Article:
Bottled Water Part 1: Basics and Campus happenings

Friday, January 22, 2010

This year, the bottled-water free campaign will continue. In this two-part blog entry we’ll discuss the issues of bottled water in general and on campus, and then go into the water fountain assessment later.

To quote Jon in an earlier blog post regarding bottled water:

“In one hundred years from now is it possible that historians will look back and think that we were crazy to try to commodity water and sell it at thousands of times the price of what it costs to get from your tap? Is it possible that we are draining precious aquifers for limited profit at the expense of future generations? And is it possible that in the future, wars may be fought over water instead of oil?”

Water is a huge issue. Some people don’t have enough water, some people don’t have clean water, some people have to travel many kilometers to find water, some people pay too much for water, and some people abuse water.

I’m not about to try to solve in one fell swoop all of these problems. But there are definitely a few fairly small actions that can improve this situation.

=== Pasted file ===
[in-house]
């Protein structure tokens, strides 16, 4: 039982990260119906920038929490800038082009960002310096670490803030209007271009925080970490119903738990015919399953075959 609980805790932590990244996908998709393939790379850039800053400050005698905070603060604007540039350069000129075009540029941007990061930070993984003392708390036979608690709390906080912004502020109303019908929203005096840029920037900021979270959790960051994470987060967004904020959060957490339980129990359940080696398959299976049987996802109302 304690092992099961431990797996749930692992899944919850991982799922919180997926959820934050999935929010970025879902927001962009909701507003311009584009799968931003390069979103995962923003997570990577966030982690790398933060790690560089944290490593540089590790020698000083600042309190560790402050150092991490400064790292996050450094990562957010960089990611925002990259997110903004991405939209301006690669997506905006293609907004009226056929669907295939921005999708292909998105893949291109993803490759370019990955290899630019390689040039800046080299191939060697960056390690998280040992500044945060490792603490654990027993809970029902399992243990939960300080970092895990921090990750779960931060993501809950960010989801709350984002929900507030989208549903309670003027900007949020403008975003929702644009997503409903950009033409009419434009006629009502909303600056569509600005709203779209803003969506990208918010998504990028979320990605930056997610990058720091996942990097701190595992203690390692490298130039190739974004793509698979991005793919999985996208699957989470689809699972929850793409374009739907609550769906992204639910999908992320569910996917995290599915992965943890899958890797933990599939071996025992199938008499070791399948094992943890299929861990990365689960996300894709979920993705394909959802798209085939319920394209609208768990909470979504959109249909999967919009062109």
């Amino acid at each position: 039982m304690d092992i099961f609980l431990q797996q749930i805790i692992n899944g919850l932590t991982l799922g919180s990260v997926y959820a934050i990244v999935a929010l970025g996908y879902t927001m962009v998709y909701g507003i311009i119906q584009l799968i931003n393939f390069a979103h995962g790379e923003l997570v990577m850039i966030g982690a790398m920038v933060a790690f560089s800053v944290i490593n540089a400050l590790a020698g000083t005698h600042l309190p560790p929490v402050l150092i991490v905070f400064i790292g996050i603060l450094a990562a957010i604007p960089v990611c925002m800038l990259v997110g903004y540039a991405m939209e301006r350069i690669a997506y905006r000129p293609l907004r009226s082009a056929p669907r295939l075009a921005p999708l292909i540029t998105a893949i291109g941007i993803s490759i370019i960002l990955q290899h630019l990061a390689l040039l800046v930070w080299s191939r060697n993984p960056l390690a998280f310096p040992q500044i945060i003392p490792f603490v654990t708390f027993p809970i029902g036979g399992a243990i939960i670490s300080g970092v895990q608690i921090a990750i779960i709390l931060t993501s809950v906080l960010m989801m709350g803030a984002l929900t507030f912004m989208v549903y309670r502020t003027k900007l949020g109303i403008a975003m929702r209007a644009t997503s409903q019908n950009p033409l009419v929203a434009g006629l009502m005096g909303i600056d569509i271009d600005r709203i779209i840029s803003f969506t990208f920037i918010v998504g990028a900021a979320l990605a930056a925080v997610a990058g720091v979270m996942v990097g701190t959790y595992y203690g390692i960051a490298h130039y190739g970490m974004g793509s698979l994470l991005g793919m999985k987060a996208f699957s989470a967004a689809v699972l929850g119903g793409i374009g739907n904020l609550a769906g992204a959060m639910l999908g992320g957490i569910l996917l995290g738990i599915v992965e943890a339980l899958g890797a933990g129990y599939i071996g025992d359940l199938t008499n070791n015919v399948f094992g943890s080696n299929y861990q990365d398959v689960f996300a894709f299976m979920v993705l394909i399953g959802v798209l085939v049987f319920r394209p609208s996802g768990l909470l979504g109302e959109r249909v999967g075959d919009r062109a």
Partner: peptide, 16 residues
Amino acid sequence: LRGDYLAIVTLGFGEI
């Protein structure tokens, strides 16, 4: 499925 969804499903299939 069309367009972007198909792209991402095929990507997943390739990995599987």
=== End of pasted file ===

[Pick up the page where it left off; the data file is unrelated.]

First of all, stop drinking bottled water. It’s not tested as much as municipal sources (where they exist of course) and it is up to 10,000 times more expensive than tap water. Drinking bottled water encourages governments to decrease funding to municipal sources. Water bottles don’t get recycled, and are harmful to your health.

Second, conserve water. In some parts of the world there are strict limits on the amount of water per person. We can all do things like take shorter showers, use less water when doing the dishes, and have more efficient toilets. You can even turn your toilet tank into a sink to wash your hands pretty easily. Only downside is the water gets pretty cold.

Third, learn about water issues on campus. The SFUO has a campaign called “Right to Water” through their sustainability office. Both the SFUO and uOttawa sustainability have been working on creating more “Bottled Water Free Zones” on campus, and looking to a future with no bottled water sales on campus at all.

Also...keep posted for the upcoming Bottled Water Free Day on March 11th – more to come!

- sarah jayne

You Might Also Like